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Weekend Soccer Update: It's (ACC) Tournament time

Despite undeniable firepower up front, Louisville enters the ACC Tournament scoreless in their last three matches. Will they be able to overcome a reoccurring lack of goal scoring in the postseason?

Jeff Reinking

The regular season is over for Louisville men's soccer, and it didn't end anywhere near the way they had hoped it might. After a disappointing 0-0 draw with SIU Edwardsville early in the week (storyhighlights), the Cards finished their ACC slate with a 1-0 overtime loss at Wake Forest on Friday (storyhighlights).

Taking a look at the Wake highlights, it's almost shocking that Louisville couldn't find a goal somewhere. They had plenty of quality chances in both halves, and should have scored at least once or twice from all of that opportunity. Still, the inability to find a goal as of late is certainly somewhat troubling heading into tournament play, where the next game is not guaranteed.

Ready or not, the ACC Tournament is upon us, and the Cards are the sixth seed after the Wake Forest loss took away their shot at the second seed and an Atlantic Division title. Third-seeded North Carolina will host Louisville this Sunday in Chapel Hill at 1 p.m. in a quarterfinal match. Notre Dame and Syracuse claimed the top two seeds in the tournament. You can check out the full bracket right here.

North Carolina will present a significant challenge for Louisville, and the fact that they're just the third seed in this tournament speaks volumes about the depth of the ACC in soccer. Depending on who you ask, the Tar Heels are ranked as high as sixth in the country and are a top-20 team in the RPI. They're also Louisville's foil as far as recent form after posting a 7-0-0 record and outscoring opponents 24-4 in the month of October. The torrid October helped them solidify a goals per game average of 2.38, which is tied for third-best in the country and best in the ACC.

At midseason, North Carolina had four players ranked in Top Drawer Soccer's list of the top 100 players in college soccer (found here). With the trip to Chapel Hill being the next match on the docket for the Cards, let's take a look at those four and how they lead a Tar Heel squad with top talent all over the field.

Forwards Andy Craven (24th on TDS' Top 100) and Tyler Engel (33) are the two top point earners for the Heels on the season so far. Both seniors, they bring a wealth of experience between them, though Craven transferred to UNC after his sophomore season at College of Charleston. Craven leads the team and the ACC with 11 goals, which is also the fourth-highest total in the nation. Engel's four goals and five assists have led to his second place finish on the team in points. Together, they'll be a formidable test for Louisville's defense.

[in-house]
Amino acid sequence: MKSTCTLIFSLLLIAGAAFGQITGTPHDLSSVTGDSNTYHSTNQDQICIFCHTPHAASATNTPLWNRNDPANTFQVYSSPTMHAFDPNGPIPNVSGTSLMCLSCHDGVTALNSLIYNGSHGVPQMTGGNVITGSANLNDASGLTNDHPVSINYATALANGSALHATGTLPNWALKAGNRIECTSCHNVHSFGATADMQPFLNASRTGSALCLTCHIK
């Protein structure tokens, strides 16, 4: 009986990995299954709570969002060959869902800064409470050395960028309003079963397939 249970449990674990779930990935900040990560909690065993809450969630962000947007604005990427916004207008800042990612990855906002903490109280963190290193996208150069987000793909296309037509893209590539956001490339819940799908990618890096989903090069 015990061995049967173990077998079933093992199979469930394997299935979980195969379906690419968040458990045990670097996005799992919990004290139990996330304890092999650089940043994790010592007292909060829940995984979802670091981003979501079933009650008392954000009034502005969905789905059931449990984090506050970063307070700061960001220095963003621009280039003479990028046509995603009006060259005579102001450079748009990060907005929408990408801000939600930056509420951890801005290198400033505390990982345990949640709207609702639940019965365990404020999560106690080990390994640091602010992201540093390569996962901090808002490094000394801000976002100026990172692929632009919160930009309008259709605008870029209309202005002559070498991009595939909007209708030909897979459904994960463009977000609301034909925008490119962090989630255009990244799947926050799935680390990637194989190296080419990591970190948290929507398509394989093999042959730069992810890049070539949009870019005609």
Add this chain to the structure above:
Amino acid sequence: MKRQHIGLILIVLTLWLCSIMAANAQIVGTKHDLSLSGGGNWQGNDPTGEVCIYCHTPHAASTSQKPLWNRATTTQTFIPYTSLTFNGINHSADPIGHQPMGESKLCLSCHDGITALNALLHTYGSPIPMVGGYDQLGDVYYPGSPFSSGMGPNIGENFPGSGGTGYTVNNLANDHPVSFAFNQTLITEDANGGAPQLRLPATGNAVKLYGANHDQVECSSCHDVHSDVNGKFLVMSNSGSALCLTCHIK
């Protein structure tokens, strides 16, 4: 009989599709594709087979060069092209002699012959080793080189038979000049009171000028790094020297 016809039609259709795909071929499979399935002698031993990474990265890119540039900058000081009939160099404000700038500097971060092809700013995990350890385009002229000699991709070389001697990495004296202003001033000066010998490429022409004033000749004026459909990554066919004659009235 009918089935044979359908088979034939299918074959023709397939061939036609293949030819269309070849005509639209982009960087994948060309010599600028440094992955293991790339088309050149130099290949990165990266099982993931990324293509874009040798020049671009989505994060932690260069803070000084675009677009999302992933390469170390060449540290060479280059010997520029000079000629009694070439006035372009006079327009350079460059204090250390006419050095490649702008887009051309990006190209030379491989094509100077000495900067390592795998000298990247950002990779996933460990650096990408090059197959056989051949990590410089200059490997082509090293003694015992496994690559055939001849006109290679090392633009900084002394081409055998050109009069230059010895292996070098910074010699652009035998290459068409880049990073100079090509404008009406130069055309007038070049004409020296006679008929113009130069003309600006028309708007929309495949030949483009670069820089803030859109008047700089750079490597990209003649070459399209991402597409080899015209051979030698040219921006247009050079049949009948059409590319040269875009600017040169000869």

Sophomore Omar Holness (45th on TDS' Top 100) leads the North Carolina midfield, and while he's only posted a modest five points (1 G, 3 ASTs) on the season, he's still a legitimate threat in the middle of the park. He led the Heels in shots as a freshman last season and was named to Soccer America and ACC All-Freshman teams. A native of Jamaica, he's appeared as either a captain or vice captain for the Jamaican U-17s and U-20s.

Finally, center back Boyd Okwuonu (47th on TDS' Top 100) is yet another senior on this team that's loaded with upperclassmen. Okwuonu has started all 16 games for North Carolina this season and (unsurprisingly) has played the most minutes among field players (1423). Last season, he was the ACC's defender of the year and was named a second-team All-American by Top Drawer Soccer and College Soccer News.

In short, North Carolina is very good and very balanced. Playing them at home, where their only loss this season came to current #1 UCLA, doesn't help Louisville's chances, either. But for all of the Cards' well-documented struggles to score goals and get results this season, they've performed well against some of the nation's top teams. They beat Syracuse and Maryland and pushed Notre Dame to two overtimes in South Bend. While this postseason certainly appears to be an uphill battle, it's not impossible to see how Louisville could be successful.

As is true in most road games, there will need to be an emphasis on disciplined defending and sharpness on set pieces (among other things) in order for the Cards to have success at North Carolina. For Louisville, this could play to a strength of theirs, as Tim Kubel has proven his ability to both strike for goals on set pieces and provide good service into the penalty area. Senior center back Daniel Keller has played in plenty of tournament games, and should be able to set the tone for the back four. Behind them will likely be another senior in goalkeeper Joachim Ball.

The start of postseason tournaments comes with a change in perspective, almost like an entirely new season. Maybe that will be a good thing for the attacking group on this Louisville team, who need a reboot in the midst of their longest goal outage of the year. If the likes of Ricardo Velazco, Andrew Brody and Will Vitalis can find a way to get back on track, they possess the talent to spark a serious postseason run.

While it'd be wrong to call Louisville favorites by any stretch in this match, they're far from long-shot underdogs. They've shown the ability to be competitive with anyone, and now it's just going to be a matter of battling to find a way to get over the hump. The ACC Tournament shifts to a neutral site in Cary, N.C. after the quarterfinals, which should be a more comfortable atmosphere for the Cards should they reach it.

Ken Lolla and his staff will have an entire week to get the team ready for the big road trip. There's work to be done, but it isn't insurmountable. We'll reconvene here next Monday, hopefully to talk about who Louisville will be preparing for in an ACC semifinal.